Kwarteng was confronted on BBC One’s Andrew Marr Show with the plight of brain-damaged teenager Emily Lydon, who faces losing her home as part of her move to Universal Credit. The 19-year-old was asked to attend a work capability assessment but is deaf and cannot walk because her mother contracted the human form of mad cow disease (BSE) when she was pregnant with her.
Kwarteng called it “a sad story” and said “what [the government has] done is manage to reduce the deficit”.
It comes after professor Philip Alston, special rapporteur for the UN on extreme poverty, accused ministers of being in a “state of denial” about the levels of child poverty in Britain. Prof Alston found “a lot of misery, a lot of people who feel the system is failing them, a lot of people who feel the system is really just there to punish them” during his 12-day tour of UK cities.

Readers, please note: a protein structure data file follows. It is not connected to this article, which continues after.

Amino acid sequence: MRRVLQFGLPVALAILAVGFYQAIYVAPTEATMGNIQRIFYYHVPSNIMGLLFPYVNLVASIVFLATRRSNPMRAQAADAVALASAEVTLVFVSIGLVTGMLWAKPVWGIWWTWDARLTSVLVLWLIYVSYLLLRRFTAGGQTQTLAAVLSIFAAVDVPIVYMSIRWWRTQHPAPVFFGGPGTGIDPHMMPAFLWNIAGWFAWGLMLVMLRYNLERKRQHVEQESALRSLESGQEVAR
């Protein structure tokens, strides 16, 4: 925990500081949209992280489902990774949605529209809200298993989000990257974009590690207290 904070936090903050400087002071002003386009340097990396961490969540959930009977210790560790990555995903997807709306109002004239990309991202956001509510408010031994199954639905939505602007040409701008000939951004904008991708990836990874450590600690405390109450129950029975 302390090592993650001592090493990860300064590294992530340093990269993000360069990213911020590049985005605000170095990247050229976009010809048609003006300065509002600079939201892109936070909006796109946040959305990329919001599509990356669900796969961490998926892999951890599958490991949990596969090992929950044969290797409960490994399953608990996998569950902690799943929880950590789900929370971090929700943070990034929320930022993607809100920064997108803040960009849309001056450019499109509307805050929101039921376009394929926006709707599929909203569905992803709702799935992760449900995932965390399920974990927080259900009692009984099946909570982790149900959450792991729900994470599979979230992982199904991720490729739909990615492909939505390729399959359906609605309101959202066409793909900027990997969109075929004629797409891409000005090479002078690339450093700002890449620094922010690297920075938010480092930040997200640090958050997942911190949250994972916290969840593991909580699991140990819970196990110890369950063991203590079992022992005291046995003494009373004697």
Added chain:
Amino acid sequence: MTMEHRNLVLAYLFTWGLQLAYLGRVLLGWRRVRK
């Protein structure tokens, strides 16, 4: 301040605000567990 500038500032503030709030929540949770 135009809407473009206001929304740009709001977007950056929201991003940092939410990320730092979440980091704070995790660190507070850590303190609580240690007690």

But Kwarteng simply said “I don’t know who this UN man is” and claimed “it is a total distortion to suggest that the government has somehow mismanaged the economy”.
When faced with Emily Lydon’s story, he said: “I spent 18 months as the Chancellor’s PPS. I got to know the Treasury very well. I was involved in the last Budget. If you look to the last Budget, which was very, very well received, you could see the benefits of good and strong economic management. What we’ve done is manage to reduce the deficit, I know Polly doesn’t like going on about it, but the actual economic framework which this country is in is a very strong one.”